A friend of mine is leaving the area. He’s actually leaving this region. When he pulls into Portland, he’ll actually be about as far from here as he can be and still be in the continental US. His name is Alan and he is a colleague of my wife’s at USC. Her best friend there. I know that things just won’t be the same without him.
Years ago I taught some classes as an adjunct for USC at the main campus. It was Language Arts methods. I remember coming out of class and looking down the hall at the open door to his classroom. This when we were only acquaintances. He was seated on top of the wooden table that served as a desk. Legs crossed. He was wearing the (now legendary) red sweatshirt I had seen him in so many times. His hair on top was very thin but long and rakish on the back and sides. He had a definite non-professor look. And he was shouting. Not at the top of his lungs but with gusto. I don’t remember what he was yelling about but there was passion there.
I wondered. Do I ever shout in my little college class? I mean I care about the stuff I teach but do I ever really go out to the edge? Am I really passionate? I’ve got to get to know this guy, I thought.
And I did. When our boys were just shrimps we started hanging out. Not real regular but we didn’t want to let more than a few weeks go by without touching base. At first when he called and I answered the phone I assumed he was calling for Heidi. University business. But we would talk about politics or Africa or university folks we had in common or music and then we’d close up the conversation. He called to talk to me. He reached out to me. I am a man with few close friends. He was becoming one.
We’d go out to dinner with our little family and Alan. Often. When the guys were getting a little older and they knew what cussing was, we would debrief in the car on the way home. “He said @#$% four times,” Devin would say.
“Uh, uh,” Colin, our math-boy would reply. “That was *&%$. He said @#$% six times.” So, in his way, Alan helped to teach our boys to count.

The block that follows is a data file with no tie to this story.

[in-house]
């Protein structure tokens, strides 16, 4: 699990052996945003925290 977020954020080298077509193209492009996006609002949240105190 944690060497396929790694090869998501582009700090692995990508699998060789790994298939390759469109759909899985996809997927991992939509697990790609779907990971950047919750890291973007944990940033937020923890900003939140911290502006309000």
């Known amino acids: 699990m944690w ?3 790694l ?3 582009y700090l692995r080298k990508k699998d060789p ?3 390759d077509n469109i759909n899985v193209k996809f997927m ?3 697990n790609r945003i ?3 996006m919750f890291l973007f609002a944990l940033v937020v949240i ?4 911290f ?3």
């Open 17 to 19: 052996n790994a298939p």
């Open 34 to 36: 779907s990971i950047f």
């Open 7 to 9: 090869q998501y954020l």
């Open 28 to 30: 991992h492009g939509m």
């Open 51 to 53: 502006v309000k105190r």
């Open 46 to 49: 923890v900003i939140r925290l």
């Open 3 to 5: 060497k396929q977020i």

Over the years he was there to watch our boys grow up. At dinner often we would talk politics. Colin, our politics lefty, would absorb, think, discuss, debate. As much as anyone outside of our little core family, Alan taught Colin about the world. Its complexities, gray areas. Right and wrong. Human rights.
Alan was there as our boys became adolescents and witnessed the necessary baggage that comes with that. If I ever whined about the occasional disrespect, defiance or over confidence (read: know-it-all-ness), Alan would respond with something like, “What do you think their job is now?” (read: get-over-it-it’s-normal). Alan has had a way of bringing clear perspective, an objective, caring, outside view of life. As much as anyone, he loved our boys unconditionally. If Devin or Colin wasn’t around when we caught up with him, he was genuinely disappointed.
Alan’s politics are simple. Human rights. He taught me that liberal and conservative labels don’t mean anything compared to that. Human dignity and worth are what is right. It is that simple. I am clearer when I look out at the world because of my friendship with Alan. I am able to look beyond my own limited scope.
Alan has a passion for Africa, which has rubbed off on me and enriched me deeply. He has done powerful work telling the stories of those oppressed under Apartheid in South Africa. He is friends with some of the best people there.
Heidi and my boys and I had the privilege of seeing Alan fall in love – for the first time. We watched him go from infatuation to passion to commitment. Joanie is so fortunate to be a part of his life. And, now that we know Joanie, we understand that he is blessed to be a part of hers. A few weeks ago we were among the few invited to their beautiful, intimate wedding at the beach. They asked Colin and Devin and me to play at their reception. It was such an honor. Such a milestone. One of the proudest moments of my life for me as a dad was watching Devin and Colin improvising together, making beautiful music to celebrate this new union. It will be forever etched in my mind.
It’s hard to know how to put the gratitude I feel for knowing and being friends with Alan into words.
He taught me to look up and out at the world, how important it is to have a opinion, how important it is to try to understand beyond the surface.
I guess the most important thing I am grateful for is simply the friendship of this good man. I am better for knowing Alan. We will still be in touch I am sure (although I am prone to not staying in touch with old friends – a terrible personality flaw). But it won’t be the same. In this day and age distance is really only theoretical but there was comfort in knowing that he lived only several miles away and not thousands, knowing that we would connect over dinner every few weeks, that we would certainly share some holiday time, music and good beer at The Hunter Gatherer occasionally.
I am glad for Joanie and Alan’s new beginning. What an adventure lies ahead. What a brave new start. I will selfishly miss Alan but I swear to keep in touch.